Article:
Yesterday in the Nova Scotia legislature the newly-elected Progressive Conservative Premier Tim Houston stated that he will not raise the minimum wage to $15 an hour. He then insinuated that minimum wage jobs “are not real jobs”.
This came just after NS NDP leader Gary Burrill discussed the issue of low wages in the province asking:
“Does the premier really think that $12.95 is a fair or acceptable standard for the government to be setting? Will the premier acknowledge that low wages in our economy are actually holding back and suppressing our economic growth?”
Then, referencing the idea of increasing minimum wages, Burrill stated that “This is an idea that has been refuted in research and the reputation has just been awarded the Nobel Prize in economics in the work of Canadian David Card.”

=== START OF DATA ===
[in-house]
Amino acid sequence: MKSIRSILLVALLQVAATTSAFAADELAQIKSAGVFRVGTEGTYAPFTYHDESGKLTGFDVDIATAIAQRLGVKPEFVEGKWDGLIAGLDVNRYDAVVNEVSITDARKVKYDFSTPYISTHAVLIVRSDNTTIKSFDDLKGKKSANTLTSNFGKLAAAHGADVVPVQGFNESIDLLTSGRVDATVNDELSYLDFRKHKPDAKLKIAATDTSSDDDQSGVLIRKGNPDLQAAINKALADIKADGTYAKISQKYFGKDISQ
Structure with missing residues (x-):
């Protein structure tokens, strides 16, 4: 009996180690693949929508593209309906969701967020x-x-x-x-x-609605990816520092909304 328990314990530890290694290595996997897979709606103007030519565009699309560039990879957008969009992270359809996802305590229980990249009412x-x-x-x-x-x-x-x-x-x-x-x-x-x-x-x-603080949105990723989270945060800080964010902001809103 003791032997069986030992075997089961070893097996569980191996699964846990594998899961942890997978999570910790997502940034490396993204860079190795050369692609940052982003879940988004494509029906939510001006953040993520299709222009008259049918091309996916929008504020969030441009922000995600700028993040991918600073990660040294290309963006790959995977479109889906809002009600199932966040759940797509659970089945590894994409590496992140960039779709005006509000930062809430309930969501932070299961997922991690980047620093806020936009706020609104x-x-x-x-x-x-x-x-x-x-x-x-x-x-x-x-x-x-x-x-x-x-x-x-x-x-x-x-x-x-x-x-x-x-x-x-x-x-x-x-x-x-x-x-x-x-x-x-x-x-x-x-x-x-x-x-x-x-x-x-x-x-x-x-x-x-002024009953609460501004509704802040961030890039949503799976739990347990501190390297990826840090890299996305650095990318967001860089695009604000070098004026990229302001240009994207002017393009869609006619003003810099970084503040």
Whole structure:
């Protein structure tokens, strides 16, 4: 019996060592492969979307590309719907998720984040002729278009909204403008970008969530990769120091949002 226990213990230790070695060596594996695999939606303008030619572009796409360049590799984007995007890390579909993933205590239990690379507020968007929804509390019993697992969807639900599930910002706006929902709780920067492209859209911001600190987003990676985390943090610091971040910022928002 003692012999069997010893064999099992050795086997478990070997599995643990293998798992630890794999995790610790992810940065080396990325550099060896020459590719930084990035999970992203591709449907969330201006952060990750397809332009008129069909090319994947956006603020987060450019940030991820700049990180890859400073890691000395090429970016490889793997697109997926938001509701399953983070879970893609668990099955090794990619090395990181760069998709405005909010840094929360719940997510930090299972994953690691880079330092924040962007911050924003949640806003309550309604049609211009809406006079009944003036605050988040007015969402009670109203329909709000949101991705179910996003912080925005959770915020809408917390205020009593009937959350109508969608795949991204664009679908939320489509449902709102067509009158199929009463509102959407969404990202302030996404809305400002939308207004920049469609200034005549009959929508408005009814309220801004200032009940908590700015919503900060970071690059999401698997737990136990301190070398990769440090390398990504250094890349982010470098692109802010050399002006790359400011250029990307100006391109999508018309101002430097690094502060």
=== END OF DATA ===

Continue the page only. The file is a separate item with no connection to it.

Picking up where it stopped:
In part of his response, Houston stated that “I don’t know many Nova Scotians that grow up thinking ‘boy I hope I make minimum wage when I grow up.’ That’s not the way people think. They want real jobs.”
Does our premier believe that the approximately 40,000 Nova Scotians who are minimum wage earners do not have real jobs?
Are our once essential workers now not real?
The barista who serves you your coffee, the grocer who rings in your produce, the custodians who clean your office, are they all not working real jobs?
It is disgraceful and patronizing to say that their jobs are not what anyone wants. The reality is what workers do not want are poverty wages. And this is precisely what Houston’s government refuses to change.
This comes just days after the Canadian Centre for Policy Alternatives-Nova Scotia released their annual Living Wage Report. It was determined that Halifax has a living wage rate of $22.05, just 3 cents less than the living wage of Toronto. The lowest living wage in the province, $18.45, is still well above the current minimum wage in Nova Scotia.
Yet despite this damning evidence Houston refuses to raise the minimum wage, instead encouraging people to “get real jobs”.
Minimum wage jobs are real jobs. They are essential jobs. They are respected jobs. And they deserve better than poverty wages.
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